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12 Natural Ways to Get Rid of Sooty Mold on Plants

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12 Natural Ways to Get Rid of Sooty Mold on Plants

Have you ever noticed a black, sooty mold growing on your plants? It’s unsightly, and if you ignore it, it can cause damage to your plants.

Fortunately, there are a few natural ways to get rid of it. In this post, we’ll share some home remedies and environmentally-friendly methods to deal with the problem.

What Is Sooty Mold?

You’ve probably seen black patches on the leaves of your plants, and if you’re like most gardeners, you’re not sure what it is. Well, that’s likely sooty mold, and it can be a real problem.

It erupts because of a fungus that grows when there’s a build-up of honeydew on the leaves and stems of plants [1].

The sticky residue is produced by insects such as aphids, mealybugs, and whiteflies. As the insects feed, they leave honeydew on the plants which encourages the growth of mold.

The mold doesn’t usually kill the plants, but it can make them look unattractive. It can also block sunlight from reaching the leaves, which can stunt their growth [2].

Plants affected by sooty mold include rhododendrons, magnolia trees, gardenias, holly, crepe myrtles, and citrus trees.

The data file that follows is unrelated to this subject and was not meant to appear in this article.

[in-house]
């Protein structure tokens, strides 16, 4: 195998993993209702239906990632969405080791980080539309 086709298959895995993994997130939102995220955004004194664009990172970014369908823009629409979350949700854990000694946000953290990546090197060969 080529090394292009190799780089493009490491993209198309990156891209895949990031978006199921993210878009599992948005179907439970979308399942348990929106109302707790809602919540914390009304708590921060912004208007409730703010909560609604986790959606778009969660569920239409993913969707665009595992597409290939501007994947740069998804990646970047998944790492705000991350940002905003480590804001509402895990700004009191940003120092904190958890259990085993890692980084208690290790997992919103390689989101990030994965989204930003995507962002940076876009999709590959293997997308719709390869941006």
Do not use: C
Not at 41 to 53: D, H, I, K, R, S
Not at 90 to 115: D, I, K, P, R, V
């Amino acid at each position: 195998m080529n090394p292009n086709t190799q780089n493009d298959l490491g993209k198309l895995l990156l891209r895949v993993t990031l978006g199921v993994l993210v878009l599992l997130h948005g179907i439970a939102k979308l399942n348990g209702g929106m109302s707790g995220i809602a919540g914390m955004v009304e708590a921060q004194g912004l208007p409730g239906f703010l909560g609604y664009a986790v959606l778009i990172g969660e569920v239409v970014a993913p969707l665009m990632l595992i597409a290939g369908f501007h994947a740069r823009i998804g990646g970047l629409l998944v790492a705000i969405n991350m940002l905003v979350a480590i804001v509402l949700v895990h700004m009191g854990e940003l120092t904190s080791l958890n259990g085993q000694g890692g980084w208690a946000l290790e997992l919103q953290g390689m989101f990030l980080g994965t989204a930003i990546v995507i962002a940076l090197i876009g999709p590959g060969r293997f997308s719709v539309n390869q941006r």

How to Get Rid of Sooty Mold Naturally

If you have an infestation of aphids, you’re likely going to have sooty mold as well.

The good news is that there are natural ways to go about remedying the issue. Below we’ll look at how to treat sooty mold organically.

1. Crop Rotation

One thing you can do to avoid sooty mold is to rotate your crops. This is an effective means of managing certain plant diseases.

2. Repellent Plants

You can also try repellent plants. These are plants that work at repelling the insects that produce the honeydew sooty mold needs to thrive.

Some good options include marigold, lavender, nasturtium, mint, basil, and thyme. Plant them around plants that are prone to getting affected by sooty mold.

3. Destroy Problem Pests

The most obvious solution for this black fungus on plants is to do away with the insects that are causing it.

Aphids, whiteflies, scales, and leafhoppers are some of the most common pests that lead to sooty mold. If you can identify the culprit, then you can take steps to get rid of it.

4. Horticultural Oil

Another sooty mold treatment is horticultural oil. This is a type of oil that can be used to control soft-bodied insects and some plant diseases, and it’s safe to use on edibles.

Horticultural oils work by trapping the fungal spores and also controlling the vector insects. It’s a great choice for organic gardeners.

5. Hose Plants

One simple home remedy to help get rid of black mold on plants is to hose the plants down.

Do this a day or two after you’ve applied treatment. The water will help wash away any remaining mold left on the leaves.

6. Neem Oil

Neem oil is a great choice for getting rid of sooty mold organically. It works great to eradicate both the fungus and the pests that cause it.